A 19-year-old woman who participated in the nearly fatal stabbing of a friend, a crime she said was carried out to gain the favor of a sinister fictional character called Slender Man, will be released from a psychiatric hospital on Monday, a Wisconsin judge ruled on Friday.

The 2014 attack, in which two 12-year-old girls from Waukesha, Wis., lured a classmate to a park and stabbed her 19 times, shocked parents in the upper-middle-class suburb of Milwaukee.

In 2017, the woman, Anissa Weier, pleaded guilty to being a party to attempted second-degree intentional homicide, and she was sentenced to 25 years in the Winnebago Mental Health Institute. In March of this year, she asked the court to release her from the institution.

“I have exhausted all the resources available to me at the Winnebago Mental Health Institute,” Ms. Weier wrote in a letter requesting her release. “If I am to become a productive member of society, I need to be a part of society.” Ms. Weier’s lawyer did not immediately respond to request for comment on Saturday.

Judge Michael O. Bohren of Waukesha County Circuit Court had ordered Ms. Weier’s release in July, but asked that she stay in the Winnebago Mental Health Institute until the conditions of her release were approved. The full report on those conditions, which were defined on Friday, has not been released to the public.

During the hearing in July, Judge Bohren acknowledged the gravity of the crime that Ms. Weier and Morgan Geyser committed in 2014, when they and the victim were all sixth graders at Horning Middle School in Waukesha.

It “may still make people tremble because it was such a terrible thing to happen,” the judge said, “not only just the physical assault but that it happened among friends who were kids.”

On May 31, 2014, Ms. Geyser and Ms. Weier lured 12-year-old Payton Leutner into the woods, where Ms. Geyser stabbed the girl 19 times with a kitchen knife as Ms. Weier urged her on.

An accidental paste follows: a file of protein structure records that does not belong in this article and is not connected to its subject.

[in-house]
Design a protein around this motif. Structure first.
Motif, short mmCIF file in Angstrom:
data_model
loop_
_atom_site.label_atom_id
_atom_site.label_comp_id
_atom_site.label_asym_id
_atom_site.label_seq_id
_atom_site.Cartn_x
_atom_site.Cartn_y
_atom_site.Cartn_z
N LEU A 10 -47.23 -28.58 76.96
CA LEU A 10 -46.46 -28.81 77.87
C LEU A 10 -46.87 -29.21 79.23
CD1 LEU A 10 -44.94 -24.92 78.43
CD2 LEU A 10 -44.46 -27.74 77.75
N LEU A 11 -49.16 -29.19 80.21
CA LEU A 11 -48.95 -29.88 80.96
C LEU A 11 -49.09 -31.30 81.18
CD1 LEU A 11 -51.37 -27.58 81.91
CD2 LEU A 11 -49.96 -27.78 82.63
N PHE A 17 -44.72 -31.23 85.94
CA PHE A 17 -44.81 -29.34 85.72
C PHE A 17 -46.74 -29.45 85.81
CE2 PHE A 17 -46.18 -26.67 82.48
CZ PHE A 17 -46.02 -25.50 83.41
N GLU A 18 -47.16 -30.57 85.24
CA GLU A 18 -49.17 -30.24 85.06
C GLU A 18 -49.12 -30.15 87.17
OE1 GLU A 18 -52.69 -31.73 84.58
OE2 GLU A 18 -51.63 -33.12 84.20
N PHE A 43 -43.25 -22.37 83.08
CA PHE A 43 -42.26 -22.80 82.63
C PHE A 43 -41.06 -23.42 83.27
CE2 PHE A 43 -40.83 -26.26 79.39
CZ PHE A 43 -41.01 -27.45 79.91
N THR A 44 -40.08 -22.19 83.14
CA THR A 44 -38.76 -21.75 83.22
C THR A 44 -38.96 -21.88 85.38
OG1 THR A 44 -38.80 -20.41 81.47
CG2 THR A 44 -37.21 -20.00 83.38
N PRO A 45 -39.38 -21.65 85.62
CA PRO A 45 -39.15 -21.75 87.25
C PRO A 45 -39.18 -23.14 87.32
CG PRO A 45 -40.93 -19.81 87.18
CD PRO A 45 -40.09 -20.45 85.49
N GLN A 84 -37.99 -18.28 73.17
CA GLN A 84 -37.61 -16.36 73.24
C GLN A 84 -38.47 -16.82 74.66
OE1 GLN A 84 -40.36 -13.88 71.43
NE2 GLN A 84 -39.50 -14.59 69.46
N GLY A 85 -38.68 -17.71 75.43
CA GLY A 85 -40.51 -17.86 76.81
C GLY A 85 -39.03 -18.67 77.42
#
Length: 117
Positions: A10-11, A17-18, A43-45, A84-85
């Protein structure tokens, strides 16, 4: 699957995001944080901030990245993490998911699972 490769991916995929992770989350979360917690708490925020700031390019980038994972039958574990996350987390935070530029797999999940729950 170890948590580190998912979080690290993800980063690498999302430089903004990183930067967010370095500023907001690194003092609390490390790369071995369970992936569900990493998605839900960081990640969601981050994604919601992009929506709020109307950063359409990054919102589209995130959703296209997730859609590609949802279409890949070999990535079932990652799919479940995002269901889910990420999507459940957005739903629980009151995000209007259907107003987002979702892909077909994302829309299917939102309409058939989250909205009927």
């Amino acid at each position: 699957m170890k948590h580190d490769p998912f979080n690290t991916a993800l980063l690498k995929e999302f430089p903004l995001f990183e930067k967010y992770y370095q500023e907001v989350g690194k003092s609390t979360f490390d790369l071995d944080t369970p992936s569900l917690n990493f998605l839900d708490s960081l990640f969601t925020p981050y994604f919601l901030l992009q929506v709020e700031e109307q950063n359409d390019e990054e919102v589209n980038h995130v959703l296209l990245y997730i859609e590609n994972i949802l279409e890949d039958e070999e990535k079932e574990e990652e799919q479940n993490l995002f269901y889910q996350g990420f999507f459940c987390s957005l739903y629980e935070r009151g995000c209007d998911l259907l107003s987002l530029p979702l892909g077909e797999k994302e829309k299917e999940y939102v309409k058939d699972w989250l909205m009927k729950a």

“Anissa told her to lie down so she wouldn’t lose blood so quickly, and told her to be quiet,” Ms. Geyser had previously testified. “And we left.”

Ms. Weier and Ms. Geyser said they attempted the murder because they wanted to please Slender Man, a fictional character generally depicted as a tall, shadowy figure with a blank face. They said they believed that Slender Man was real and lived in a mansion in the woods in northern Wisconsin. They said that by killing Ms. Leutner, they would become his “proxies.”

In 2018, Ms. Geyser was sentenced to 40 years in a psychiatric hospital.

Ms. Leutner managed to survive by crawling out of the woods. It took months for her to recover from her injuries. Doctors said one of the stab wounds came within a millimeter of hitting a major artery, which would have killed her.

The origins of Slender Man, considered one of the internet’s best-known urban legends, can be traced to 2009, when images were posted on an online forum devoted to fake paranormal pictures. Images of the character circulated online and the legend grew. Some depicted Slender Man with tentacles. Others showed him with powers of mind control.

In the hearing in July, Judge Bohren said Ms. Weier “had a clean mental health history, if you will.” Ms. Weier told the court that she planned to live with her father upon her release, and would look for part-time work and pursue college.

“I am going to be a productive member of society, make my own way and get some form of a higher education,” Ms. Weier wrote in the March letter. “I want to reiterate that I am not saying I am done growing, changing, evolving or adapting. I just can’t do it here anymore.”

By Reuters

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